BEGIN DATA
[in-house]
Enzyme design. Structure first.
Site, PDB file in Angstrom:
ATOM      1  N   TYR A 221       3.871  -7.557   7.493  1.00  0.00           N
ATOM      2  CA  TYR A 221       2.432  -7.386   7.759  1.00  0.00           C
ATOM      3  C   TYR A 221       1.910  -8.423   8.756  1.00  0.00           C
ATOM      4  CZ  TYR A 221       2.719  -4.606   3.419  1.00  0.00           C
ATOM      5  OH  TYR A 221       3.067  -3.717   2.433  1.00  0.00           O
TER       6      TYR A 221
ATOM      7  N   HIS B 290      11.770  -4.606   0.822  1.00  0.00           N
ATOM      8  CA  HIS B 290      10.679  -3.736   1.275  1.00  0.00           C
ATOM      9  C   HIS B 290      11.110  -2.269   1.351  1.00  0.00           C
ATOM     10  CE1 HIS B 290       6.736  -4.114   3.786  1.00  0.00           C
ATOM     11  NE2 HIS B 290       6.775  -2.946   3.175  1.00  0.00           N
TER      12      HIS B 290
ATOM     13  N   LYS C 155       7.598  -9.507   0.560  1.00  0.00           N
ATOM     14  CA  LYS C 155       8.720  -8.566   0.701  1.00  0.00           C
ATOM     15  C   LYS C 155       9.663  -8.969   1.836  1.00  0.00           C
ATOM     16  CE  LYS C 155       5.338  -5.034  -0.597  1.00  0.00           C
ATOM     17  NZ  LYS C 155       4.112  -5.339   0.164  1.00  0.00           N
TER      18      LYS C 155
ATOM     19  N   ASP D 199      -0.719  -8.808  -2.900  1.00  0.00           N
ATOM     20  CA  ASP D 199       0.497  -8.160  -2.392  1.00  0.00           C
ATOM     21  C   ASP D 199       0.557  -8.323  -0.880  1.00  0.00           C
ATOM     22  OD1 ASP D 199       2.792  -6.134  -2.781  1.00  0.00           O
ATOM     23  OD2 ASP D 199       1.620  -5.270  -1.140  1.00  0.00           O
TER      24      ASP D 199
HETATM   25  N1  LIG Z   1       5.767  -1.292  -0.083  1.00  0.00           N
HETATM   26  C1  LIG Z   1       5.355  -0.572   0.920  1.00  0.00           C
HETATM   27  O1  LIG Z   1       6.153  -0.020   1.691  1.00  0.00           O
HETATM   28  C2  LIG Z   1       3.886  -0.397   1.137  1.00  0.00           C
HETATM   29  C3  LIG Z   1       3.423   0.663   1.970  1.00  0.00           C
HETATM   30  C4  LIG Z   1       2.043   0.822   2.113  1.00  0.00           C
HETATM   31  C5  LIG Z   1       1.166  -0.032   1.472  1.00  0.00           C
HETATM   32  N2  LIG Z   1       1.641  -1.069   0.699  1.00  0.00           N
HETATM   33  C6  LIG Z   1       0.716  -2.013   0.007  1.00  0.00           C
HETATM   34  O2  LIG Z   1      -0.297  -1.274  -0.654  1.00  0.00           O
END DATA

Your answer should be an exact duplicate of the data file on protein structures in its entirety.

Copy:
[in-house]
Enzyme design. Structure first.
Site, PDB file in Angstrom:
ATOM      1  N   TYR A 221       3.871  -7.557   7.493  1.00  0.00           N
ATOM      2  CA  TYR A 221       2.432  -7.386   7.759  1.00  0.00           C
ATOM      3  C   TYR A 221       1.910  -8.423   8.756  1.00  0.00           C
ATOM      4  CZ  TYR A 221       2.719  -4.606   3.419  1.00  0.00           C
ATOM      5  OH  TYR A 221       3.067  -3.717   2.433  1.00  0.00           O
TER       6      TYR A 221
ATOM      7  N   HIS B 290      11.770  -4.606   0.822  1.00  0.00           N
ATOM      8  CA  HIS B 290      10.679  -3.736   1.275  1.00  0.00           C
ATOM      9  C   HIS B 290      11.110  -2.269   1.351  1.00  0.00           C
ATOM     10  CE1 HIS B 290       6.736  -4.114   3.786  1.00  0.00           C
ATOM     11  NE2 HIS B 290       6.775  -2.946   3.175  1.00  0.00           N
TER      12      HIS B 290
ATOM     13  N   LYS C 155       7.598  -9.507   0.560  1.00  0.00           N
ATOM     14  CA  LYS C 155       8.720  -8.566   0.701  1.00  0.00           C
ATOM     15  C   LYS C 155       9.663  -8.969   1.836  1.00  0.00           C
ATOM     16  CE  LYS C 155       5.338  -5.034  -0.597  1.00  0.00           C
ATOM     17  NZ  LYS C 155       4.112  -5.339   0.164  1.00  0.00           N
TER      18      LYS C 155
ATOM     19  N   ASP D 199      -0.719  -8.808  -2.900  1.00  0.00           N
ATOM     20  CA  ASP D 199       0.497  -8.160  -2.392  1.00  0.00           C
ATOM     21  C   ASP D 199       0.557  -8.323  -0.880  1.00  0.00           C
ATOM     22  OD1 ASP D 199       2.792  -6.134  -2.781  1.00  0.00           O
ATOM     23  OD2 ASP D 199       1.620  -5.270  -1.140  1.00  0.00           O
TER      24      ASP D 199
HETATM   25  N1  LIG Z   1       5.767  -1.292  -0.083  1.00  0.00           N
HETATM   26  C1  LIG Z   1       5.355  -0.572   0.920  1.00  0.00           C
HETATM   27  O1  LIG Z   1       6.153  -0.020   1.691  1.00  0.00           O
HETATM   28  C2  LIG Z   1       3.886  -0.397   1.137  1.00  0.00           C
HETATM   29  C3  LIG Z   1       3.423   0.663   1.970  1.00  0.00           C
HETATM   30  C4  LIG Z   1       2.043   0.822   2.113  1.00  0.00           C
HETATM   31  C5  LIG Z   1       1.166  -0.032   1.472  1.00  0.00           C
HETATM   32  N2  LIG Z   1       1.641  -1.069   0.699  1.00  0.00           N
HETATM   33  C6  LIG Z   1       0.716  -2.013   0.007  1.00  0.00           C
HETATM   34  O2  LIG Z   1      -0.297  -1.274  -0.654  1.00  0.00           O